Black Lives Matter : Why It Matters
Racial and ethnic differences have been a recurring theme in many conflicts in different parts of the world. While it is the 21st century and the situation is, arguably, better than at any other point in history, we only need to turn on the television or look at different social media platforms to come across the realization that race and ethnicity based problems are far from over. So why are these problems being highlighted in the United States? Perhaps the reason is that the existence of racial discrimination and injustice contradicts the core values of the United States as a country. We still see people living in a nation that is considered the torchbearer for social, civil and economic liberties, fighting for said liberties. Until the day we see racial inequality become a thing of the past, and racial injustice become something we read in our history books, civil movements like Black Lives Matter (BLM) will continue to be relevant.
It all began on February 17, 2012 when Trayvon Martin, a 17 year old African American high student, went to a convenience store to buy a drink and some Skittles. He had been staying temporarily at the Retreat at Twin Lakes gated community in Sanford, Florida. He was fatally shot by George Zimmerman, a volunteer neighborhood watch coordinator. While Zimmerman had been taken into custody by the police, he was later released. The police chief stated that they could not find any evidence to refute Zimmerman’s claim that he had acted in self-defense. However, after immense public outcry, Zimmerman was arrested again (6 weeks after the incident) and charged with second-degree murder and manslaughter.
The BLM movement began with the social media hashtag #BlackLivesMatter when Zimmerman was acquitted by the courts. The movement gained further momentum and achieved national recognition after two African Americans – Michael Brown from Ferguson, Missouri and Eric Garner from New York – were killed as a result of police brutality in 2015. The movement came to be associated with the fight against police brutality and injustice against the Black community in the United States. The originators of the hashtag, Alicia Garza, Patrisse Cullors and Opal Tometi developed the movement into a national entity with many local chapters. It is now recognized as a decentralized political and social movement for non-violent civil disobedience to protest all racially motivated violence against African Americans. The organization has no formal hierarchy.
The Killing of George Floyd
George Perry Floyd Jr was a 46 year old African-American man killed during an arrest after a Minneapolis store clerk called the police alleging that Floyd had tried to use a counterfeit $20 bill while shopping at the store. Floyd had been convicted of eight crimes between 1997 and 2005 and served 4 years in prison after being convicted of aggravated home invasion in 2007. However, most reports indicate that he had been working on rebuilding his life and was working as a truck driver and bouncer prior to his death. On May 25th, 2020, Derek Chauvin, a white police officer responding to the store clerk’s 911 call knelt on Floyd’s neck for a period of more than 8 minutes, resulting in his death. During the arrest, Floyd had repeatedly informed the officers that he was having difficulty breathing. The official autopsy classified his death as a homicide attributed to cardiopulmonary arrest caused by subdual and restraint.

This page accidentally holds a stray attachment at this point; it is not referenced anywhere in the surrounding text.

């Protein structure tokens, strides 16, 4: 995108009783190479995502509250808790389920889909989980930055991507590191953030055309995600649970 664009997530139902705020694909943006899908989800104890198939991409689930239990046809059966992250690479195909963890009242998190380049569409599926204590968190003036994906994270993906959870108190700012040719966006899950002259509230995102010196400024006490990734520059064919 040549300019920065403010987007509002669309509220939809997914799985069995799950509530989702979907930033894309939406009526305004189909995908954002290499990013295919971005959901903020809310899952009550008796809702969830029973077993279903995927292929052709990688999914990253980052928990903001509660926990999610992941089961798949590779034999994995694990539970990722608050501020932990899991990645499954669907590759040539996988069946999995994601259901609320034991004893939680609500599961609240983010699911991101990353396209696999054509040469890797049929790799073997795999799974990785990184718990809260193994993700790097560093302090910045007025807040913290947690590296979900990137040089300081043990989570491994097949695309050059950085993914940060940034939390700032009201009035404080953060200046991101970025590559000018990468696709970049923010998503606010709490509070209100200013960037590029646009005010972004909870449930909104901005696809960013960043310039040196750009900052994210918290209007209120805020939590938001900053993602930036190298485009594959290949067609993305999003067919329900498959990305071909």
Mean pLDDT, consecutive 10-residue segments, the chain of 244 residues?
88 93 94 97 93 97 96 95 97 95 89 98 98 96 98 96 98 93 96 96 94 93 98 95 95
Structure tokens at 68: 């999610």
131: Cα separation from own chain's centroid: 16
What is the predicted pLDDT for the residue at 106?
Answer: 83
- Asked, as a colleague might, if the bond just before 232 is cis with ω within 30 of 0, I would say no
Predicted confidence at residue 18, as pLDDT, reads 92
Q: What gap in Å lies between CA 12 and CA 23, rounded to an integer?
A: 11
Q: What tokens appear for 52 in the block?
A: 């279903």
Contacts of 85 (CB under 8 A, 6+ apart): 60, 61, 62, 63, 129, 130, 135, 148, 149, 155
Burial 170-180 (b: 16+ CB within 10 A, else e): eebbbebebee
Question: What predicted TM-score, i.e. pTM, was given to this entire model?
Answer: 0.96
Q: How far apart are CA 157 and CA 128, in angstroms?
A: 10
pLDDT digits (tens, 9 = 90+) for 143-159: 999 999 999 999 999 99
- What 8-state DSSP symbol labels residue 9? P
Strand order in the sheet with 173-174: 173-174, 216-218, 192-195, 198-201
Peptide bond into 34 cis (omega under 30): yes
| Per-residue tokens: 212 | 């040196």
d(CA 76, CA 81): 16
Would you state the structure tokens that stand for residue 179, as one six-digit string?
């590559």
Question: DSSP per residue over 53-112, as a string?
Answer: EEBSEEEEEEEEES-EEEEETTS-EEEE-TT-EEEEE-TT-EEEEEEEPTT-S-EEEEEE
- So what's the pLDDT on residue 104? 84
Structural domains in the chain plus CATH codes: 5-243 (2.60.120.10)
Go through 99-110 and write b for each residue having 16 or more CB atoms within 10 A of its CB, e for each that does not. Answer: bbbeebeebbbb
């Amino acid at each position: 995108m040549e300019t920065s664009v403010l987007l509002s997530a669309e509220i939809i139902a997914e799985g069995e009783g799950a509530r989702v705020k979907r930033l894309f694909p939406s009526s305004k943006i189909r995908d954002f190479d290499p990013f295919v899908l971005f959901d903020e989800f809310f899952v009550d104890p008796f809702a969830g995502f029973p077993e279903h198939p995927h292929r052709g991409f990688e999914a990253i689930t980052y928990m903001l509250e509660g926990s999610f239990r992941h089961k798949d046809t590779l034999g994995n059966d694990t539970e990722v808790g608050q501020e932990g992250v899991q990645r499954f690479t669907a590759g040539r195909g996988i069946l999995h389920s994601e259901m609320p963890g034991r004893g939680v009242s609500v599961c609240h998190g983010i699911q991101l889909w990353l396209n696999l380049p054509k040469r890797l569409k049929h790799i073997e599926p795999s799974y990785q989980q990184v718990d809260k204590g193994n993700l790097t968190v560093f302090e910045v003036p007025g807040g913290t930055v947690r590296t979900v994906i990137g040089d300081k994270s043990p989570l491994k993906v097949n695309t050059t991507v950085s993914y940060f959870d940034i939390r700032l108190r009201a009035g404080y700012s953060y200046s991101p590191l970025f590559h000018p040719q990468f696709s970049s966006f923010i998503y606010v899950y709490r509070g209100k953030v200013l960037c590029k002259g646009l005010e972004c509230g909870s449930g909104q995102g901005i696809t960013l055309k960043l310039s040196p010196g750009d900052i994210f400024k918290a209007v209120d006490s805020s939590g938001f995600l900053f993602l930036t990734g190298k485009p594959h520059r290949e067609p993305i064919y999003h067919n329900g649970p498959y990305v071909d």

Floyd’s death resulted in the movement returning to national and international headlines. It is estimated that somewhere between 15 and 26 million people have participated in some capacity in the BLM movement in 2020 in the United States alone. These estimates make it the largest civil rights movement in U.S history.
The popularity of the Black Lives Matter movement has seen some shift through its history. From having a net negative opinion to achieving overwhelming support across different racial and ethnic groups in the United States, it has seen an incredible rise in popularity throughout 2019 and 2020.
Surveys and Data
The following statistics have been derived from a collection of surveys by the Pew Research Center over the last few years:
i) In a 2019 survey, 84% of Black adults opined that Black people are treated less fairly in comparison to white people when dealing with the police. Even 63% of white people held the same opinion. In the same survey, 87% of Black respondents and 61% of white respondents also said that the criminal justice system treats African Americans less fairly.
ii) In comparison to 9% of white respondents, 44% of Black respondents have said that they have been stopped unfairly by police (because of race or ethnicity).
iii) Political ideologies and affiliations seems to have an effect on the perceptions of the treatment of Black people by the police. 88% of Democrats believe that African Americans are treated less fairly then white by the police while 86% believe that they are treated with racial bias by the justice system. In comparison, the numbers for Republicans are 44% and 39% respectively.